RAF Lossiemouth is one of the largest and busiest fast-jet stations in the Royal Air Force. It is known for its close proximity to flight training areas in Scotland and its favourable local flying conditions. It is now the only operational RAF station in Scotland and is one of two main operating bases for the Eurofighter Typhoon FGR4 in the UK.
The airfield opened in 1939 and was operated by the RAF predominately as part of Bomber Command until 1946 when it was handed over to the Fleet Air Arm and became known as RNAS Lossiemouth. The FAA used Lossiemouth as a training station until it was handed back to the RAF in September 1972, after which it has operated largely as fast-jet base.
T.G.Baker (Sound) was tasked with providing a design for a public address system within the Typhoon fighter jet hangars and offices. There was a requirement for local paging announcements from 2 local paging microphones and the facility to broadcast emergency announcements from the main base broadcast system.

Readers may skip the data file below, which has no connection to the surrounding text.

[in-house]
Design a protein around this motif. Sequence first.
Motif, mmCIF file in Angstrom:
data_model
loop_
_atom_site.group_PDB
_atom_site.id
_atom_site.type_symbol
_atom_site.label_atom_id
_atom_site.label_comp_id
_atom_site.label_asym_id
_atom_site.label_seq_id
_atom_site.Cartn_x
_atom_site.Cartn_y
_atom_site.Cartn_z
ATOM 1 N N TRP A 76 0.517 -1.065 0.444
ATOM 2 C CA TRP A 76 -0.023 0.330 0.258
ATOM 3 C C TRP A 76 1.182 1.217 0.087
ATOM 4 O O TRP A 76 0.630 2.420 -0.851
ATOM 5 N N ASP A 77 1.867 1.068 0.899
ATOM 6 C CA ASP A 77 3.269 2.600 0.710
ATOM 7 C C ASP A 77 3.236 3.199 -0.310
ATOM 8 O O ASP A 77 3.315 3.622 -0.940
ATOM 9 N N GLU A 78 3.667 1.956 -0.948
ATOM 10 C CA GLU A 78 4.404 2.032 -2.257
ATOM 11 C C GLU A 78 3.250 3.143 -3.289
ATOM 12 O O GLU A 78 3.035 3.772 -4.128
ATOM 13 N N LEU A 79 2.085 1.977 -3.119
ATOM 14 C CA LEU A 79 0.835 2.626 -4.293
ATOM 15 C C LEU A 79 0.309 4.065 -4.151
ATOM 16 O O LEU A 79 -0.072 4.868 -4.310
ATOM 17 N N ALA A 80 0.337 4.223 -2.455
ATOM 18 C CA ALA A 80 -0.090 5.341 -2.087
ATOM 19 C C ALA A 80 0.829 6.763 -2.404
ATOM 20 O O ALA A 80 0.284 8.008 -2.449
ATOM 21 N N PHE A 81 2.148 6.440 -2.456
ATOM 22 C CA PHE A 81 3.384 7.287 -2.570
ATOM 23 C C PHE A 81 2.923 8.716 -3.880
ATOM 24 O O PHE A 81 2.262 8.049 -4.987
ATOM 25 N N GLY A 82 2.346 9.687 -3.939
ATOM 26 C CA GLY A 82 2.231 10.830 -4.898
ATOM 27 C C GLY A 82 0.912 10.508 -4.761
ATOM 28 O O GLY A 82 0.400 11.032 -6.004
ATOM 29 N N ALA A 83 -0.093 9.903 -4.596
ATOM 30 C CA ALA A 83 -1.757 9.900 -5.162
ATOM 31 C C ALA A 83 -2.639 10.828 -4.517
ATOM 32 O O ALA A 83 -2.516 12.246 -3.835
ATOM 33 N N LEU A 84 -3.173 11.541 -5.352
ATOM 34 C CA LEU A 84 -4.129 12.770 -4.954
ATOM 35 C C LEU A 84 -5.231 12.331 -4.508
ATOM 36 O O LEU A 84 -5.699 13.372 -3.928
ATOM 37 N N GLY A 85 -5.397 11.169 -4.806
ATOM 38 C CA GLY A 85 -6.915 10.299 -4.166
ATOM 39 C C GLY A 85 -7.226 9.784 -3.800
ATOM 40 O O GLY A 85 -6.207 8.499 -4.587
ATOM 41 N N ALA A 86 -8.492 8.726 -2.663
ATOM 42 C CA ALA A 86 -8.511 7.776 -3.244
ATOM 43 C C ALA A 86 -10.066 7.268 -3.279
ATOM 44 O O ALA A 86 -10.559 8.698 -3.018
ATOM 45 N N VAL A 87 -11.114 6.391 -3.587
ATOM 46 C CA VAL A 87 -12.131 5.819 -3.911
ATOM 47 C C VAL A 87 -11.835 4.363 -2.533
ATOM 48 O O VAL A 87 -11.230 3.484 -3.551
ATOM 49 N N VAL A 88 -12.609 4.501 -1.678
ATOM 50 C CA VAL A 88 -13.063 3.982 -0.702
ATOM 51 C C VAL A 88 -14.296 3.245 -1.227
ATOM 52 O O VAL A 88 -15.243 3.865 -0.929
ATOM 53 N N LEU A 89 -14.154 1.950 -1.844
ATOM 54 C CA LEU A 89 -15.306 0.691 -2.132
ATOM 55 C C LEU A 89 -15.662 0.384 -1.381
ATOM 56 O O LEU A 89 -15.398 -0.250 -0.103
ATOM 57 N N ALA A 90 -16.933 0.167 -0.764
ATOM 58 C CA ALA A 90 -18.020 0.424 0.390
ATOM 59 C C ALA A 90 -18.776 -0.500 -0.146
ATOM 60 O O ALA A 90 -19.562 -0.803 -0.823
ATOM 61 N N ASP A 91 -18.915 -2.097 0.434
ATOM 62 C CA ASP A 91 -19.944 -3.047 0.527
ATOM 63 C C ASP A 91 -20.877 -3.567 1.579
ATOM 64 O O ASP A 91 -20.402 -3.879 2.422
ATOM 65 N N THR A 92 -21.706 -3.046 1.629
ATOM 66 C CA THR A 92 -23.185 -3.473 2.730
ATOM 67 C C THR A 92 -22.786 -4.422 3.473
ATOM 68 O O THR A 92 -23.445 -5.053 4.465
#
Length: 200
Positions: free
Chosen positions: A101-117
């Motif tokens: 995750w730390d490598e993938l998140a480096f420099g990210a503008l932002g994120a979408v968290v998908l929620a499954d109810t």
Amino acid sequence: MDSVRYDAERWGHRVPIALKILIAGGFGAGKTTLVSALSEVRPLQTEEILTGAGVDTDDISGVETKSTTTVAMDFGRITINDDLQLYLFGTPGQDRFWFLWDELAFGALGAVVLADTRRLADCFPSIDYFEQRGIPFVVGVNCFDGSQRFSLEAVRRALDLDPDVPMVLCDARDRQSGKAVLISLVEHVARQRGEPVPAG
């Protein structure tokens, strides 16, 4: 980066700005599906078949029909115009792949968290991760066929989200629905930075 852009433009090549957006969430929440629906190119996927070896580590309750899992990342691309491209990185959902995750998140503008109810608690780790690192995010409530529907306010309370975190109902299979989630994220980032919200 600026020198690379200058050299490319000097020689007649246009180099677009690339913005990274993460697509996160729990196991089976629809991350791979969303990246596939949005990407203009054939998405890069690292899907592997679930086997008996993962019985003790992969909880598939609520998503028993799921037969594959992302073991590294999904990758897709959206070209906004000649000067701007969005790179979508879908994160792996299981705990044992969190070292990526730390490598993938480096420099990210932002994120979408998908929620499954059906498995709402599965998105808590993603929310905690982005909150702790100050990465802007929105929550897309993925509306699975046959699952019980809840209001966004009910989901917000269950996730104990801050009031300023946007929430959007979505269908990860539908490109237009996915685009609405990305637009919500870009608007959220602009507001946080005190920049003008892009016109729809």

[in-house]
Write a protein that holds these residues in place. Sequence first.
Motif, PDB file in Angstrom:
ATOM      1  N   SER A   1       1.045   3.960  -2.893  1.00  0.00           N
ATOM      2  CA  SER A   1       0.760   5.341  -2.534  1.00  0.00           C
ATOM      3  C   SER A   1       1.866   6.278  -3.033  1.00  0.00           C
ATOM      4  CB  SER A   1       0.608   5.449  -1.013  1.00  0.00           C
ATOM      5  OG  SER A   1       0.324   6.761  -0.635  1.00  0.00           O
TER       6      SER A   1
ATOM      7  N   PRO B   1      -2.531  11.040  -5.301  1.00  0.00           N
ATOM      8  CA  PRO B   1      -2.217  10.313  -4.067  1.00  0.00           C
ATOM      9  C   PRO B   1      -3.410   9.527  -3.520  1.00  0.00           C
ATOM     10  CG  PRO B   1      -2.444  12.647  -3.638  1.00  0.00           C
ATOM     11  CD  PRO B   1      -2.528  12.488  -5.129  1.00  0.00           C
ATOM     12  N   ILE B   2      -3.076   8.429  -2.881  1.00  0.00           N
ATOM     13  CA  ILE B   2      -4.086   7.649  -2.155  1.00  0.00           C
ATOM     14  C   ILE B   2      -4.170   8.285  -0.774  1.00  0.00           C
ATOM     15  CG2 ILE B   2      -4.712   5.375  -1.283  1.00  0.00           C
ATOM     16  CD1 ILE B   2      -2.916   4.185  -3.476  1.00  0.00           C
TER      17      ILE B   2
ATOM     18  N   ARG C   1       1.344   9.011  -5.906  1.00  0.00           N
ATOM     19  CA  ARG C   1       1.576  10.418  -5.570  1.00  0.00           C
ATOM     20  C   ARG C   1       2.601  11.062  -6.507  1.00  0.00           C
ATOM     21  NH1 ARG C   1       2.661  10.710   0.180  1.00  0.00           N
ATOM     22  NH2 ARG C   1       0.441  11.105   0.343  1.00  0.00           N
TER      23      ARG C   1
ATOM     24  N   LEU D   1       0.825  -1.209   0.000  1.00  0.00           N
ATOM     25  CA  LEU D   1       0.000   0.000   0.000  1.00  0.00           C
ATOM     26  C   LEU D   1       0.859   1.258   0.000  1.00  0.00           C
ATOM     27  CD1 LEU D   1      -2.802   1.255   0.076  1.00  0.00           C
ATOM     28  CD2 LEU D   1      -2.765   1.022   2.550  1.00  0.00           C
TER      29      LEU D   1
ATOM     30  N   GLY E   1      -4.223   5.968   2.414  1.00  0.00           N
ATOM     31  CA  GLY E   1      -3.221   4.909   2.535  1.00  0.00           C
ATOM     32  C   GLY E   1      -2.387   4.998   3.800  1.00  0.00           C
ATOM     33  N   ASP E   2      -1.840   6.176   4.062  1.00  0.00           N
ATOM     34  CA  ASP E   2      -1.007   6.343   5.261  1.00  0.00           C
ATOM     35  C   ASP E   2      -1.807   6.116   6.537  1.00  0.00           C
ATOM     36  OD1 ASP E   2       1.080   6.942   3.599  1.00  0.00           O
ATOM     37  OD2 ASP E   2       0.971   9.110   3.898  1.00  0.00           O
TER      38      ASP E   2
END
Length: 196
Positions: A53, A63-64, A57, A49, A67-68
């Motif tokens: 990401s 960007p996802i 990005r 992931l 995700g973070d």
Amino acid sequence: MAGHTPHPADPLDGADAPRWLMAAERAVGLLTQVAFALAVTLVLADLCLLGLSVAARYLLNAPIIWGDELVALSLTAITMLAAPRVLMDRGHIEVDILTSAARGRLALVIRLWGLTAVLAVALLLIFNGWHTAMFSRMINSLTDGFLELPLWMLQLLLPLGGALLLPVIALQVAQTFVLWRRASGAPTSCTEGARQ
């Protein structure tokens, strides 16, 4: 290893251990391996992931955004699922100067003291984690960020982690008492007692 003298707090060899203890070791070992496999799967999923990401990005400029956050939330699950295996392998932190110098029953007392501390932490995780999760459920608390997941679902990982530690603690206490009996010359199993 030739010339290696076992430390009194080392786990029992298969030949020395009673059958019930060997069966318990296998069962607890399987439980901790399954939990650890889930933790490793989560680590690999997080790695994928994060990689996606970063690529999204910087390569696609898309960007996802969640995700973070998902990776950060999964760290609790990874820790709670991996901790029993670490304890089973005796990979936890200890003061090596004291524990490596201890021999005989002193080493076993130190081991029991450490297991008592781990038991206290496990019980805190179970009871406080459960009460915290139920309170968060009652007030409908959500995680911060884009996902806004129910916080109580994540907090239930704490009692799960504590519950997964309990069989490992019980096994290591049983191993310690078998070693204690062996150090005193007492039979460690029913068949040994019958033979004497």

Due to the size and reverberant nature of the hangar, we based our design upon an intelligent loudspeaker solution.
Intelligent loudspeaker products make it possible to control the vertical directivity pattern and aim the sound where you want it – at the listener. Going a step beyond today’s standard beam steering, Tannoy QFlex technology allows for full control of near field and far field coverage creating an asymmetric vertical beam contoured specifically to the application.
Rosyth Naval Dockyard
Rosyth Dockyard is a large naval dockyard on the Firth of Forth at Rosyth, Fife, Scotland. It is currently owned by Babcock Marine, which formerly undertook refitting of Royal Navy surface vessels and submarines. Before its privatisation in the 1990s, it was formally the Royal Naval Dockyard Rosyth. Its primary role is now as an integration site for the Royal Navy’s newest aircraft carriers.
Construction of the dockyard by civil engineers Easton, Gibb & Son commenced in 1909. At the time, the Royal Navy was strengthening its presence along the eastern seaboard of Great Britain due to a naval arms race with Germany.
T.G.Baker (Sound) was tasked with replacing the Nuclear Broadcast System control equipment which was nearing the end of its’ expected life cycle.
We provided a fully monitored Baldwin Boxall networked public address system. This includes touchscreen control for the paging microphones. This facility includes zone selection, emergency message activation, record message facility, message scheduler and fault indication log.